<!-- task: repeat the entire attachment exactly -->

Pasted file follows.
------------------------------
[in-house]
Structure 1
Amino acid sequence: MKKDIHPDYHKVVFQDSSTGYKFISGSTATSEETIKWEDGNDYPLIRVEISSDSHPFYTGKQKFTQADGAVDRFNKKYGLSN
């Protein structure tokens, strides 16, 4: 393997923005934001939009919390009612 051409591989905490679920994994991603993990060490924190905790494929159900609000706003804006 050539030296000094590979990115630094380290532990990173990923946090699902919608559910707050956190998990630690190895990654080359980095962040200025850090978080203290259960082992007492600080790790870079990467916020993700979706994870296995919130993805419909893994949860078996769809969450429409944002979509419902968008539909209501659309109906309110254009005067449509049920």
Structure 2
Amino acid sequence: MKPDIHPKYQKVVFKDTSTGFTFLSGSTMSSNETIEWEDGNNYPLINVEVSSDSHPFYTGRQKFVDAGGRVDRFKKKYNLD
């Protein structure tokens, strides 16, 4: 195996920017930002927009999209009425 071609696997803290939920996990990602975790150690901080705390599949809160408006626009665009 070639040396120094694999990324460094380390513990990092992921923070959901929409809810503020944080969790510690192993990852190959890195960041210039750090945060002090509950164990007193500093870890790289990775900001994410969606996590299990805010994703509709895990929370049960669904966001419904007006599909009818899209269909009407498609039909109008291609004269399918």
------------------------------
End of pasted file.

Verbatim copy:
[in-house]
Structure 1
Amino acid sequence: MKKDIHPDYHKVVFQDSSTGYKFISGSTATSEETIKWEDGNDYPLIRVEISSDSHPFYTGKQKFTQADGAVDRFNKKYGLSN
């Protein structure tokens, strides 16, 4: 393997923005934001939009919390009612 051409591989905490679920994994991603993990060490924190905790494929159900609000706003804006 050539030296000094590979990115630094380290532990990173990923946090699902919608559910707050956190998990630690190895990654080359980095962040200025850090978080203290259960082992007492600080790790870079990467916020993700979706994870296995919130993805419909893994949860078996769809969450429409944002979509419902968008539909209501659309109906309110254009005067449509049920």
Structure 2
Amino acid sequence: MKPDIHPKYQKVVFKDTSTGFTFLSGSTMSSNETIEWEDGNNYPLINVEVSSDSHPFYTGRQKFVDAGGRVDRFKKKYNLD
């Protein structure tokens, strides 16, 4: 195996920017930002927009999209009425 071609696997803290939920996990990602975790150690901080705390599949809160408006626009665009 070639040396120094694999990324460094380390513990990092992921923070959901929409809810503020944080969790510690192993990852190959890195960041210039750090945060002090509950164990007193500093870890790289990775900001994410969606996590299990805010994703509709895990929370049960669904966001419904007006599909009818899209269909009407498609039909109008291609004269399918």